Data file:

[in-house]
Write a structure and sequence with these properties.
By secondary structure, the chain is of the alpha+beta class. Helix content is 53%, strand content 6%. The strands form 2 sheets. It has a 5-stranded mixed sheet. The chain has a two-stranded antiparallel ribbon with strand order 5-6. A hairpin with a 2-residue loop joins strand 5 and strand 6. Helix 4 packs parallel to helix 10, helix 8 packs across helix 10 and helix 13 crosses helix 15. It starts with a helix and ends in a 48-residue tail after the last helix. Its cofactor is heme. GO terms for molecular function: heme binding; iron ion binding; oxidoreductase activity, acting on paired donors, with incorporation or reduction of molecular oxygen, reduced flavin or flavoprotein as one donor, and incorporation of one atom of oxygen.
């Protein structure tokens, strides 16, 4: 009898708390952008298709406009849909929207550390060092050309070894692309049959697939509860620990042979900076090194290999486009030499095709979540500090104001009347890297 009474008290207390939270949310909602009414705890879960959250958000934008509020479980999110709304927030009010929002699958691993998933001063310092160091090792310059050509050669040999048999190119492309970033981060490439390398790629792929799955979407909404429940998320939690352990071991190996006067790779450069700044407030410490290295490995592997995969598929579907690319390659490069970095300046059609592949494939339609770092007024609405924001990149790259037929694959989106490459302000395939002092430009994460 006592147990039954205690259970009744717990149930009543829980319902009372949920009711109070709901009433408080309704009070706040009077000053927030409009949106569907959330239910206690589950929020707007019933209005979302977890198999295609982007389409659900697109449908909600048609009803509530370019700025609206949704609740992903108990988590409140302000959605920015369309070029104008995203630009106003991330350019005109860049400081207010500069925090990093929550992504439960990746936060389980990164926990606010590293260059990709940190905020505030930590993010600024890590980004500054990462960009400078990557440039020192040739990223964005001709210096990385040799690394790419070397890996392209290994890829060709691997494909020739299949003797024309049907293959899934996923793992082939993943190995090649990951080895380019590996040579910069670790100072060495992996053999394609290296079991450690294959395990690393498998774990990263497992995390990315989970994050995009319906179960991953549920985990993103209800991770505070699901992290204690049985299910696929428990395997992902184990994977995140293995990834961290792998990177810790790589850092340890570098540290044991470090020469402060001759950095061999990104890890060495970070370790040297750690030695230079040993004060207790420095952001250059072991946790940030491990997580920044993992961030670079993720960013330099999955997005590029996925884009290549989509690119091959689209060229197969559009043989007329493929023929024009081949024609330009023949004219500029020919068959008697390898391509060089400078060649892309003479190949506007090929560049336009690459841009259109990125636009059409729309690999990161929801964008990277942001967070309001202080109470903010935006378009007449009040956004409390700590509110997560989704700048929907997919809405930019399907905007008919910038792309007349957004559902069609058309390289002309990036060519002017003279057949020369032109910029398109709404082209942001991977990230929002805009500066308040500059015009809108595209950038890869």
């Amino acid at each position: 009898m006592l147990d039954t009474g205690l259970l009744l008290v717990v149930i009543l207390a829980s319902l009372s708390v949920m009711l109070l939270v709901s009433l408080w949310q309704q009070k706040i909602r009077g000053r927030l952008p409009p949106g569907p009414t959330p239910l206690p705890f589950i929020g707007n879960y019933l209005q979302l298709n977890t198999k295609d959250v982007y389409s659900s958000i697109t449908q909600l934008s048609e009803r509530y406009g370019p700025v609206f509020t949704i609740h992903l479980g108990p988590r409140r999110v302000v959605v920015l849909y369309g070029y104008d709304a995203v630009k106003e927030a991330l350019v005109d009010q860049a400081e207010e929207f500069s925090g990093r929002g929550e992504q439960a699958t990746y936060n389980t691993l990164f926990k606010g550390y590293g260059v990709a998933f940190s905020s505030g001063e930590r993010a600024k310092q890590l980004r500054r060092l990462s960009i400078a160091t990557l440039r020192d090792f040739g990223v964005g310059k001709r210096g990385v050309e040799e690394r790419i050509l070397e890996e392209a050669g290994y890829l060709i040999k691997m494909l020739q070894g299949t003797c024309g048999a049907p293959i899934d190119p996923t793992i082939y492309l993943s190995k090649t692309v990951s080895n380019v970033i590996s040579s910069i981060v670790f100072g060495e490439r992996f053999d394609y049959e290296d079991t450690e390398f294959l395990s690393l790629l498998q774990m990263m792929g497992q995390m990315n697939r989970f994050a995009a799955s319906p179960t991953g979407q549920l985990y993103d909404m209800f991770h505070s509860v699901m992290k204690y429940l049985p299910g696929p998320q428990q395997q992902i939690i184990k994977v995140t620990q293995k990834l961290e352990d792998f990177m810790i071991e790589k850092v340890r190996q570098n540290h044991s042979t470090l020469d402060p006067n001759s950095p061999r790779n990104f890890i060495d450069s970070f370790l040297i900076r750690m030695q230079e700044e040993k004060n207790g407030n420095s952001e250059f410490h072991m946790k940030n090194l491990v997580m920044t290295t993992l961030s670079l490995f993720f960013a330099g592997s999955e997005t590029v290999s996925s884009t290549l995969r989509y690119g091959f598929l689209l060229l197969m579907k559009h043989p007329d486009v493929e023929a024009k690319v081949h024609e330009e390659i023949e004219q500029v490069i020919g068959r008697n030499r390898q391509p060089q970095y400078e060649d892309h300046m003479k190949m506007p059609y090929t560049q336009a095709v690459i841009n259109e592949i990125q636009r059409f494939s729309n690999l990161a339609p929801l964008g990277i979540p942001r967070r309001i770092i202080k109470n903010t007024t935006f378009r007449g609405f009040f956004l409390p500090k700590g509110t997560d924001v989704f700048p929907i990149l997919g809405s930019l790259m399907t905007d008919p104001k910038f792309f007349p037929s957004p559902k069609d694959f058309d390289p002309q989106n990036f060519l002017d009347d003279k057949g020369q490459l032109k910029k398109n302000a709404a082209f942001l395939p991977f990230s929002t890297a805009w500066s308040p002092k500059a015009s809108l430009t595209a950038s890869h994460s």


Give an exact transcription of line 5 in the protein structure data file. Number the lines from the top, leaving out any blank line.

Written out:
């Amino acid at each position: 009898m006592l147990d039954t009474g205690l259970l009744l008290v717990v149930i009543l207390a829980s319902l009372s708390v949920m009711l109070l939270v709901s009433l408080w949310q309704q009070k706040i909602r009077g000053r927030l952008p409009p949106g569907p009414t959330p239910l206690p705890f589950i929020g707007n879960y019933l209005q979302l298709n977890t198999k295609d959250v982007y389409s659900s958000i697109t449908q909600l934008s048609e009803r509530y406009g370019p700025v609206f509020t949704i609740h992903l479980g108990p988590r409140r999110v302000v959605v920015l849909y369309g070029y104008d709304a995203v630009k106003e927030a991330l350019v005109d009010q860049a400081e207010e929207f500069s925090g990093r929002g929550e992504q439960a699958t990746y936060n389980t691993l990164f926990k606010g550390y590293g260059v990709a998933f940190s905020s505030g001063e930590r993010a600024k310092q890590l980004r500054r060092l990462s960009i400078a160091t990557l440039r020192d090792f040739g990223v964005g310059k001709r210096g990385v050309e040799e690394r790419i050509l070397e890996e392209a050669g290994y890829l060709i040999k691997m494909l020739q070894g299949t003797c024309g048999a049907p293959i899934d190119p996923t793992i082939y492309l993943s190995k090649t692309v990951s080895n380019v970033i590996s040579s910069i981060v670790f100072g060495e490439r992996f053999d394609y049959e290296d079991t450690e390398f294959l395990s690393l790629l498998q774990m990263m792929g497992q995390m990315n697939r989970f994050a995009a799955s319906p179960t991953g979407q549920l985990y993103d909404m209800f991770h505070s509860v699901m992290k204690y429940l049985p299910g696929p998320q428990q395997q992902i939690i184990k994977v995140t620990q293995k990834l961290e352990d792998f990177m810790i071991e790589k850092v340890r190996q570098n540290h044991s042979t470090l020469d402060p006067n001759s950095p061999r790779n990104f890890i060495d450069s970070f370790l040297i900076r750690m030695q230079e700044e040993k004060n207790g407030n420095s952001e250059f410490h072991m946790k940030n090194l491990v997580m920044t290295t993992l961030s670079l490995f993720f960013a330099g592997s999955e997005t590029v290999s996925s884009t290549l995969r989509y690119g091959f598929l689209l060229l197969m579907k559009h043989p007329d486009v493929e023929a024009k690319v081949h024609e330009e390659i023949e004219q500029v490069i020919g068959r008697n030499r390898q391509p060089q970095y400078e060649d892309h300046m003479k190949m506007p059609y090929t560049q336009a095709v690459i841009n259109e592949i990125q636009r059409f494939s729309n690999l990161a339609p929801l964008g990277i979540p942001r967070r309001i770092i202080k109470n903010t007024t935006f378009r007449g609405f009040f956004l409390p500090k700590g509110t997560d924001v989704f700048p929907i990149l997919g809405s930019l790259m399907t905007d008919p104001k910038f792309f007349p037929s957004p559902k069609d694959f058309d390289p002309q989106n990036f060519l002017d009347d003279k057949g020369q490459l032109k910029k398109n302000a709404a082209f942001l395939p991977f990230s929002t890297a805009w500066s308040p002092k500059a015009s809108l430009t595209a950038s890869h994460s």